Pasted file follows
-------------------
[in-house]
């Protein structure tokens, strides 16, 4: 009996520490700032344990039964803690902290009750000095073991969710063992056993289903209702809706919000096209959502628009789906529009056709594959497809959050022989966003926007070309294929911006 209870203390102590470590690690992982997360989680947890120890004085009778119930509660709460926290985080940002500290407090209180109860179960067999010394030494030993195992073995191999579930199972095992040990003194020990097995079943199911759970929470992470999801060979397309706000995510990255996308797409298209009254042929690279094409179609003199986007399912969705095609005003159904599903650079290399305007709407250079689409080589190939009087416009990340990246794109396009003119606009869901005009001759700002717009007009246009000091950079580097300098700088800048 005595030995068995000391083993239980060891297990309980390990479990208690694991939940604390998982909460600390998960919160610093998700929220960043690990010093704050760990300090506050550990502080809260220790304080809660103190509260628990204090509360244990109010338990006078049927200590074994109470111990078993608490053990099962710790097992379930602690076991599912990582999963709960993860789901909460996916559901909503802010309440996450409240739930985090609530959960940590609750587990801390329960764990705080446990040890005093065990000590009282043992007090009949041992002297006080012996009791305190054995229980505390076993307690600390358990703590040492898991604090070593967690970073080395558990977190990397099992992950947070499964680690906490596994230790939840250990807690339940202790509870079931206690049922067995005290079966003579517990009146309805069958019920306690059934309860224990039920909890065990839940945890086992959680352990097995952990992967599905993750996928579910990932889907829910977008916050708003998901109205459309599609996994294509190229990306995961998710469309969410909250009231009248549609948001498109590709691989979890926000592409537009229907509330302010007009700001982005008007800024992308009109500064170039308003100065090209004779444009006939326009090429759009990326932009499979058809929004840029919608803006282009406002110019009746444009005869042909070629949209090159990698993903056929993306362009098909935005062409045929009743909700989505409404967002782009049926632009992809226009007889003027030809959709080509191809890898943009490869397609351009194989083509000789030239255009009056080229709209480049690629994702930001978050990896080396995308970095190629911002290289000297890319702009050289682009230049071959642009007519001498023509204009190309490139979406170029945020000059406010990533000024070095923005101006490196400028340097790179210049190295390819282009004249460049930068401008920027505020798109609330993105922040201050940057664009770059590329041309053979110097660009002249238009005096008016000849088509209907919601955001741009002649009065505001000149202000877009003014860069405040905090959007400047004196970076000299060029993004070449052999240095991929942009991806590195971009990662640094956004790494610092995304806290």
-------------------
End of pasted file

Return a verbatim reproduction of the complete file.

[in-house]
């Protein structure tokens, strides 16, 4: 009996520490700032344990039964803690902290009750000095073991969710063992056993289903209702809706919000096209959502628009789906529009056709594959497809959050022989966003926007070309294929911006 209870203390102590470590690690992982997360989680947890120890004085009778119930509660709460926290985080940002500290407090209180109860179960067999010394030494030993195992073995191999579930199972095992040990003194020990097995079943199911759970929470992470999801060979397309706000995510990255996308797409298209009254042929690279094409179609003199986007399912969705095609005003159904599903650079290399305007709407250079689409080589190939009087416009990340990246794109396009003119606009869901005009001759700002717009007009246009000091950079580097300098700088800048 005595030995068995000391083993239980060891297990309980390990479990208690694991939940604390998982909460600390998960919160610093998700929220960043690990010093704050760990300090506050550990502080809260220790304080809660103190509260628990204090509360244990109010338990006078049927200590074994109470111990078993608490053990099962710790097992379930602690076991599912990582999963709960993860789901909460996916559901909503802010309440996450409240739930985090609530959960940590609750587990801390329960764990705080446990040890005093065990000590009282043992007090009949041992002297006080012996009791305190054995229980505390076993307690600390358990703590040492898991604090070593967690970073080395558990977190990397099992992950947070499964680690906490596994230790939840250990807690339940202790509870079931206690049922067995005290079966003579517990009146309805069958019920306690059934309860224990039920909890065990839940945890086992959680352990097995952990992967599905993750996928579910990932889907829910977008916050708003998901109205459309599609996994294509190229990306995961998710469309969410909250009231009248549609948001498109590709691989979890926000592409537009229907509330302010007009700001982005008007800024992308009109500064170039308003100065090209004779444009006939326009090429759009990326932009499979058809929004840029919608803006282009406002110019009746444009005869042909070629949209090159990698993903056929993306362009098909935005062409045929009743909700989505409404967002782009049926632009992809226009007889003027030809959709080509191809890898943009490869397609351009194989083509000789030239255009009056080229709209480049690629994702930001978050990896080396995308970095190629911002290289000297890319702009050289682009230049071959642009007519001498023509204009190309490139979406170029945020000059406010990533000024070095923005101006490196400028340097790179210049190295390819282009004249460049930068401008920027505020798109609330993105922040201050940057664009770059590329041309053979110097660009002249238009005096008016000849088509209907919601955001741009002649009065505001000149202000877009003014860069405040905090959007400047004196970076000299060029993004070449052999240095991929942009991806590195971009990662640094956004790494610092995304806290």